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Minister Chen Wen talks about China's achievements and Hong Kong in a live interview on BBC World Service "News Hour"

On 3rd October, Minister Chen Wen gave a live interview on BBC World Service “News Hour” hosted by Julian Marshall, during which she talked about the tremendous achievements in China’s development over the past 70 years and answered questions about Hong Kong. The transcript goes as follows:

Marshall: With me in the studio is Chen Wen, Minister and First Staff Member of Chinese Embassy here in London. Thank you for being with us, Minister.

Chen: Thank you.

Marshall: This week is a momentous one for your country. China is celebrating the 70th anniversary of the People’s Republic of China. Just tell me, first, what do you think is the most important and significant accomplishment of China over the past 70 years?

Chen: Maybe 70 years are just a fleeting memory in human history, but for the Chinese people the 70 years are of epoch making changes. First of all, the economy. We started from a very low level and now we are the second largest economy in the world, biggest trading nation with 120 countries in the world and people’s livelihood has been greatly enhanced. I still remember when I was in my teenage years, we just had our first TV set, a white-and-black one, and now people’s lives have undergone tremendous changes: Per capita GDP has increased 70 times, GDP increased about 174 times. These are really great changes in China.

Marshall: So if there is so much to celebrate in China, why wasn’t there similar celebration in Hong Kong? I know that there was some, but I think the overwhelming sentiment of people on the streets was very much anti-Beijing and anti-Chinese government. Why is that, do you think?

Chen: Well, first of all, I would say there were celebrations in Hong Kong. There were flag-raising ceremonies, parties. They were held indoor because of the weather and situation on the street.

Marshall: There were. Yes. Right.

Chen: There were big celebrations, big parties, light shows, and as such. There were indeed celebrations. For Hong Kong, Hong Kong has been returned to China for 22 years, but it had been under British colonial for over 156 years. It takes time, I think, for people to establish this identity. I think the majority of Hong Kong people love their motherland. They are happy to return to the embrace of their motherland. Of course, there are some deep-seated problems Hong Kong is facing today. It takes time to address them. But whatever the demonstrators are calling for, they are not excuses for violence. There should not be any excuses for violence.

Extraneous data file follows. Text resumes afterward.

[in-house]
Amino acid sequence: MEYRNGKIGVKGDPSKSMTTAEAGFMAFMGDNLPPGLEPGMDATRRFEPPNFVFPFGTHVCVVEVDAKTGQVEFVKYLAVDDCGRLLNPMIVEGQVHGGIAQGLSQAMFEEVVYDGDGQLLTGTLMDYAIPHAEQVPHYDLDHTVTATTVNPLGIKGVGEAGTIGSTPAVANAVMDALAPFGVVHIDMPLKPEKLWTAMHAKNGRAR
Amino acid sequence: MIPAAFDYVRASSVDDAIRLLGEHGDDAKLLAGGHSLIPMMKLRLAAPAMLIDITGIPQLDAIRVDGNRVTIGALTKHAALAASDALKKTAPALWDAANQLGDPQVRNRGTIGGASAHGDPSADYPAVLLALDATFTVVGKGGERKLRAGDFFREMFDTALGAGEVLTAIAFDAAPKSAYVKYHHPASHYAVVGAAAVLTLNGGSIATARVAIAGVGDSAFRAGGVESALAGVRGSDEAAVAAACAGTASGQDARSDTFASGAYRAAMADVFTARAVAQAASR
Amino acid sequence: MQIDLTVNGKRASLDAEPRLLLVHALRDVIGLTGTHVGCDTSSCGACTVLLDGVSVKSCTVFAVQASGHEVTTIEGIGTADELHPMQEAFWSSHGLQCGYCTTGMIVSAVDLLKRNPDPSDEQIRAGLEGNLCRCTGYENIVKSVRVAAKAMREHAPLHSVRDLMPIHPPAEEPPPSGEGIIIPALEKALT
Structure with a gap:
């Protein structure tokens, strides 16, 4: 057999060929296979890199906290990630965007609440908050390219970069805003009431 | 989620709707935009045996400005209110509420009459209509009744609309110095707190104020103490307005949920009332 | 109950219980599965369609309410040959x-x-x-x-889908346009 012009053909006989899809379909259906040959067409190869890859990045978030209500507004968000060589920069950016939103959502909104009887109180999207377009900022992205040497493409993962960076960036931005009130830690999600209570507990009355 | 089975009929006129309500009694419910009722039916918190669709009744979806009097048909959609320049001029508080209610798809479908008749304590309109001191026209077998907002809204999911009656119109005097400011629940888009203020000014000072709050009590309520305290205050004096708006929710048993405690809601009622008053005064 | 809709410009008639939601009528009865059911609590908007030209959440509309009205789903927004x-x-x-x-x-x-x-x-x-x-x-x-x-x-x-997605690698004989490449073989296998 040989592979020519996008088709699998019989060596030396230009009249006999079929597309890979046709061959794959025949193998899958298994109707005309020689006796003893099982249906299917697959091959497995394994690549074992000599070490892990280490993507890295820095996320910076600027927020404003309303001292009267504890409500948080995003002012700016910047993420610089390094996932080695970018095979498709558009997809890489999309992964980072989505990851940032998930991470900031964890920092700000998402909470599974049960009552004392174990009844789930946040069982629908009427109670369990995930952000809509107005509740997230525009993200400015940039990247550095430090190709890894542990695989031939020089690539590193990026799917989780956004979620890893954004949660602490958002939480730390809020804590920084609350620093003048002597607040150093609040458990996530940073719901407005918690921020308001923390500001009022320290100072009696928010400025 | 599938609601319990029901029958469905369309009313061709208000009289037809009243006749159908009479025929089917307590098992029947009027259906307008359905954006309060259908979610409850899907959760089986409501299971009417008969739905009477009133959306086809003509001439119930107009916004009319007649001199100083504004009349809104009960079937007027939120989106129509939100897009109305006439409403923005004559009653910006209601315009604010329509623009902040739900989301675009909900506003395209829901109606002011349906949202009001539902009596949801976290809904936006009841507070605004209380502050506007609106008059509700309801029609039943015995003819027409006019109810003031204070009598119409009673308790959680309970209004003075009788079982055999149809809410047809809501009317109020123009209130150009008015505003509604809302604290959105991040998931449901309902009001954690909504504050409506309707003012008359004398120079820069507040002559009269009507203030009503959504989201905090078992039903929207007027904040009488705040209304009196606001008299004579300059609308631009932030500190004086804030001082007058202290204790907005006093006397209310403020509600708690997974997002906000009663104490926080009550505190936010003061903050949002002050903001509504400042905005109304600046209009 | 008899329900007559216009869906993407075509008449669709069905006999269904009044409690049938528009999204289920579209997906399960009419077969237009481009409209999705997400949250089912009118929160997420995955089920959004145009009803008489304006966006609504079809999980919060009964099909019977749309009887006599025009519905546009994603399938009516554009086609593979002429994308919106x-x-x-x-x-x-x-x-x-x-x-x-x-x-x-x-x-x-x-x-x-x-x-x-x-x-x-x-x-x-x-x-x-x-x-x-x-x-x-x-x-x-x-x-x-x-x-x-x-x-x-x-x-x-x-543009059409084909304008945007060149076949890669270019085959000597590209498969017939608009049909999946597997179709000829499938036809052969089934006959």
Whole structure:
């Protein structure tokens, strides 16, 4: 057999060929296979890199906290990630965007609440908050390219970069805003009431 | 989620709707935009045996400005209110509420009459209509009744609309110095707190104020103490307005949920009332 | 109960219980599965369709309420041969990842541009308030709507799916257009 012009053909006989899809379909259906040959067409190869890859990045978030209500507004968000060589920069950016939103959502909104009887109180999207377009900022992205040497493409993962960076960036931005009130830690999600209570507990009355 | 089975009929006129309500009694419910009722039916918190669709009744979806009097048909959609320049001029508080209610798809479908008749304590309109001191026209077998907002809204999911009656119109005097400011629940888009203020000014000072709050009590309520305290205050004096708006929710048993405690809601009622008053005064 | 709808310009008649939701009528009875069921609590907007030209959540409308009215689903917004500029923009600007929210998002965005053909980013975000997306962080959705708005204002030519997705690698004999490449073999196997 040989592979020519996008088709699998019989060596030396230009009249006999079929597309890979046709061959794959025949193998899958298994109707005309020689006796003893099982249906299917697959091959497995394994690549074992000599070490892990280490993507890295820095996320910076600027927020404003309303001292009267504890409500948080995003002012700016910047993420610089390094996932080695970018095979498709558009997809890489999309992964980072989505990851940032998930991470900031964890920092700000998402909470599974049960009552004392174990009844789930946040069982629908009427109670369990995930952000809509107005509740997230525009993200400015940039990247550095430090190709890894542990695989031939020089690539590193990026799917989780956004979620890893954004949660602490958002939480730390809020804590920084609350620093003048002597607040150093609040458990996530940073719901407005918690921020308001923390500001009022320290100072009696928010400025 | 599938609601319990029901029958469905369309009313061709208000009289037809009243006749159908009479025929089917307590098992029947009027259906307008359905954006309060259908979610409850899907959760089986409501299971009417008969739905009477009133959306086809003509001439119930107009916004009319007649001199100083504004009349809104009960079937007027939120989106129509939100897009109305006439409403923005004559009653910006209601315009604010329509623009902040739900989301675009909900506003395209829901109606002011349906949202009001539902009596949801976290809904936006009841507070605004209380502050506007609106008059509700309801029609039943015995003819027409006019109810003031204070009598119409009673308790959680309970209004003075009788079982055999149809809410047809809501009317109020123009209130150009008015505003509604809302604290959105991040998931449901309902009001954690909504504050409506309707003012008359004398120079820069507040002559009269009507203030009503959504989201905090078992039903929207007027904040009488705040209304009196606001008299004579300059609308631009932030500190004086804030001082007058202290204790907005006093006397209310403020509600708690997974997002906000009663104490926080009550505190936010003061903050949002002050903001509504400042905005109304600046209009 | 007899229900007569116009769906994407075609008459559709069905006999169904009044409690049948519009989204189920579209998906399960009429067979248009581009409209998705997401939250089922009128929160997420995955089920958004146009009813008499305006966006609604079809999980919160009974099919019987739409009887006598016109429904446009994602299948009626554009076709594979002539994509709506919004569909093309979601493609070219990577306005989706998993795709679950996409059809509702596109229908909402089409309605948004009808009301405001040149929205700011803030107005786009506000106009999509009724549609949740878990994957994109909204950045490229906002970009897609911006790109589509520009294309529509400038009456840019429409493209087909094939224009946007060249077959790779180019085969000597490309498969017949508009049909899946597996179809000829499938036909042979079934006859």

Marshall: But the people of Hong Kong aspire to autonomy. They aspire to having a say in running their own lives. And that is what they are demonstrating about at the moment: The right to choose the people they want to sit in the legislative council, their right to choose their very own Chief Executive, rather than one that is nominated by Beijing. Can you understand that frustration?

Chen: Two points. First of all, Hong Kong is a special administrative region of China. We exercise “One Country Two Systems”, “Hong Kong people administering Hong Kong” and “a high degree of autonomy” in Hong Kong. That is the name of the whole concept. The high degree of autonomy does not come from nowhere. It comes from the authorization of the central government. So under the framework of “One Country Two Systems”, one country is the prerequisite. It is the basis.

Marshall: So they are only allowed as much freedom as the Chinese government is willing to permit them. Is that what you are saying?

Chen: Well, their freedoms are guaranteed by the Basic Law. And since the return of Hong Kong, their freedom, rights, has been fully protected by the Basic Law, by the Constitution. If you were talking about democracy development in Hong Kong, political and constitutional development in Hong Kong Hong, I can tell you that Hong Kong people enjoyed unprecedented freedom and democracy in the past 22 years. Under British rule, no governor was elected. But now we have 5 elections of chief executives, and 6 legislative councils have been elected. These elections were very successful. All of them, all these elections, are done in accordance with the Basic Law and the Constitution.

Marshall: There is an awful lot to talk about but can I just zero in to the shooting of that young teenager by a police officer this week at point-blank range? Can you understand why that must have had echoes from a lot of people in Hong Kong of Tiananmen Square where hundreds of people were shot dead because they disagreed with the Chinese government?

Chen: I think we had long gone conclusions on that incident. That was very clear. But as for the young man, he definitely was attacking the police. And he was sued for attacking the officer. The Hong Kong police has made it very clear.

Marshall: But there have been the views that the police could defend themselves other than by drawing a gun and shooting a young person point-blank in the chest.

Chen: What if the policeman’s life was under threat. At that time the policeman was rounded up, jostled and attacked by different lethal weapons. Apparently the policeman felt threatened. I think any policeman under the same circumstances around the world would do the same thing.

Marshall: OK, Chen Wen, Minister and First Staff Member of the People’s Republic of China in the UK. Many thanks for joining us.

Chen: Thank you very much.

* * *

News Hour, started in 1988, is a flagship news and current affairs programme of BBC World Service.

Web link of the interview:

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